I don’t know how we will learn to meld the civil right of health care to other civil rights: those of the undocumented who are sustaining such serious attacks; the people being driven from their homes; the 2.3 million people in prison who are deprived of an opportunity for real re-integration and education; the right to a job for those tens of millions of “requisite” unemployed and underemployed deprived sustenance by a finance system whose wealth accumulation continues, based upon vulturism, cheating, speculation and human suffering (and no longer even on industrial production); or to the rights of people denied because of their sexual identity; the right to end a pregnancy; the right to clean air, clean water, food and a sustainable habitat for our species and others. I don’t know how we build a movement upon the foundational ideas of democracy in a society that attacks those rights, changing the idea of democracy into a uniquely socialist principle (and the Right is not wrong when they imply that justice and democracy are now a socialist plot, because democracy and finance capitalism seem daily less and less compatible even as artifice). And yet, I don’t think we are going to see much positive change in our nation without all this coming together into a social movement, without class being discussed and the working class being valued and trained to lead itself out of this morass.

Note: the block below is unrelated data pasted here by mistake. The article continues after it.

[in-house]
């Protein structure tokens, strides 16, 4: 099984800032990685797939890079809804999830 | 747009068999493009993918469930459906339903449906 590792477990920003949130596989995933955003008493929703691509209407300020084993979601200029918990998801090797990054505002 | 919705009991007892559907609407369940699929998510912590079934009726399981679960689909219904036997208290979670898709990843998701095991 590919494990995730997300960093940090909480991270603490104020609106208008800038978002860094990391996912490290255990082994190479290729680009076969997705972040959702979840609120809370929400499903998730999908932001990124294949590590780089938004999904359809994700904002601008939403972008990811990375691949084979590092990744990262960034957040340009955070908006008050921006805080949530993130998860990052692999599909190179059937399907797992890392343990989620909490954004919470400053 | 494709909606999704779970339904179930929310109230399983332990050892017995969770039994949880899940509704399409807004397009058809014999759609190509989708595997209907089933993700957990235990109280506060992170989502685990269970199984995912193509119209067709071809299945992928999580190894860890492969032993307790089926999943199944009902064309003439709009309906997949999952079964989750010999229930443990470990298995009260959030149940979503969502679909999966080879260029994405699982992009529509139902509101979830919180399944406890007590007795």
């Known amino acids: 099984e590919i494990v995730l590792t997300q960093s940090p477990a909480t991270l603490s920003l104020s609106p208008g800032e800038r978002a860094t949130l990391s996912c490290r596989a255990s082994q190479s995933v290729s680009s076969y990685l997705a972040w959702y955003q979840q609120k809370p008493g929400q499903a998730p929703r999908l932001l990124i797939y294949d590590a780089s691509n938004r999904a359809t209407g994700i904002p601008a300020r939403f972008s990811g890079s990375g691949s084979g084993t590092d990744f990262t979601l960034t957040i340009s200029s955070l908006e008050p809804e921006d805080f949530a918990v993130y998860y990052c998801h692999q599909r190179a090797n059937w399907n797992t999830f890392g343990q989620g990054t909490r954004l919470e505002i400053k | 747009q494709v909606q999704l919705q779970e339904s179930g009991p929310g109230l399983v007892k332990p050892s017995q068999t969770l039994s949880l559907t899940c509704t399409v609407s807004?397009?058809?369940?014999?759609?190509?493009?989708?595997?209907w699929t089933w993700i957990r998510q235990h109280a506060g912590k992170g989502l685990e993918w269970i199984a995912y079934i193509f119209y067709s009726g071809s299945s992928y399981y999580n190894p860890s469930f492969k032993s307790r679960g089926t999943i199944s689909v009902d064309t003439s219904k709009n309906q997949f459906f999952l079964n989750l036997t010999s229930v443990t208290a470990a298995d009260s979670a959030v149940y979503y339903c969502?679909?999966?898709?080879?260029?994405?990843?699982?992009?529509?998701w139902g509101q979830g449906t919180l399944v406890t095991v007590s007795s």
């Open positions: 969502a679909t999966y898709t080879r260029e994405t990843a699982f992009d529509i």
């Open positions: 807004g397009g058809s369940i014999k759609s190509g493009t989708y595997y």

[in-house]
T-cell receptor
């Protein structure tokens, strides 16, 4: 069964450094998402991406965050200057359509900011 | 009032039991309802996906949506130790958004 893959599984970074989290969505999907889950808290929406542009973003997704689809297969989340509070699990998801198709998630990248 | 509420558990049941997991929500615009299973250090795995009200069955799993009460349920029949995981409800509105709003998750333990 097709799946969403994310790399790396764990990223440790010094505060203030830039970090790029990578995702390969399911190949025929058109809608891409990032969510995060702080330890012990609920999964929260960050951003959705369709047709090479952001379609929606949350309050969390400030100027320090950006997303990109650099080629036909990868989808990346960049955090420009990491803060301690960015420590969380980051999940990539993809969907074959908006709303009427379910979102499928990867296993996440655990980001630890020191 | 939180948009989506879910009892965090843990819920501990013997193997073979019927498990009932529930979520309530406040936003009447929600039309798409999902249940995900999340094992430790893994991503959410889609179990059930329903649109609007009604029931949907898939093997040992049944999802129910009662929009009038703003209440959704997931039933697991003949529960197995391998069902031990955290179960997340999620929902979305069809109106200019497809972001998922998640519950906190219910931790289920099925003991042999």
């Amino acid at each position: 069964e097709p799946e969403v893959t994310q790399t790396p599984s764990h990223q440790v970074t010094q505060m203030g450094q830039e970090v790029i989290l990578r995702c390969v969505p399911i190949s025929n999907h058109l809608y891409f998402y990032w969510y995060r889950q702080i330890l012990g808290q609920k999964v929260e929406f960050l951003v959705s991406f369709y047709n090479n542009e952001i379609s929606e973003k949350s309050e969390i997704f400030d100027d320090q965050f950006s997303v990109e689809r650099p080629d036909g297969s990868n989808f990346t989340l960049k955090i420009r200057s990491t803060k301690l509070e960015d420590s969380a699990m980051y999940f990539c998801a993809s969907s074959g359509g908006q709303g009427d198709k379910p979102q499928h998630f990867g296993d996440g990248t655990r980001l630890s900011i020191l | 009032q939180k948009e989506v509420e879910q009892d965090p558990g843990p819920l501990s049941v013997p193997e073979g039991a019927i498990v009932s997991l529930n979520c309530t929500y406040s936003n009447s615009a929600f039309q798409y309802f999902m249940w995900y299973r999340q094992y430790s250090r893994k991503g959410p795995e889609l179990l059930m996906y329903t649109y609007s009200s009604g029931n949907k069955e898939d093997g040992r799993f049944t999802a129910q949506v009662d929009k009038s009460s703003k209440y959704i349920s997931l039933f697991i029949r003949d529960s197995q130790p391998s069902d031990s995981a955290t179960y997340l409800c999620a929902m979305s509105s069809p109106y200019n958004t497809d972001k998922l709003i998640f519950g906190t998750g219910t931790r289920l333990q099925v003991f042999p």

Even though I have no satisfying answers, the Mad as Hell Docs tour for single payer provided me with more hope than I expected. It fortified my belief that the grassroots surge that helped Obama win the White House is just waiting out there to be reconstituted as an independent, largely non-electoral civil-rights movement to achieve justice for all. And I’ll let a goodbye note explain why I am more hopeful. A young woman, perhaps 30 years old, left it on a kitchen table for Dr. Gene Uphoff and myself after we spent the night at her family’s home in Chicago (her dad is an internist in practice and a single-payer supporter). She wrote regarding the Mad as Hell Tour, “It is so important for your message and spirit to be heard at this time, especially by the younger generations who grew up in the cynical ’70s, ’80s and ’90s. Your stories, songs, insight and compassion teach me, and can teach many others, that social movement is not copyrighted by the Obama Campaign—or any other specific movement in time. And that it is, rather, an expression of our intrinsic human spirit when we believe in and strive for freedom, peace, equality and justice. Best of wishes and safe travels.” As Corey suggests, I think it’s up to all of us to collectivize our own power. So what do you think?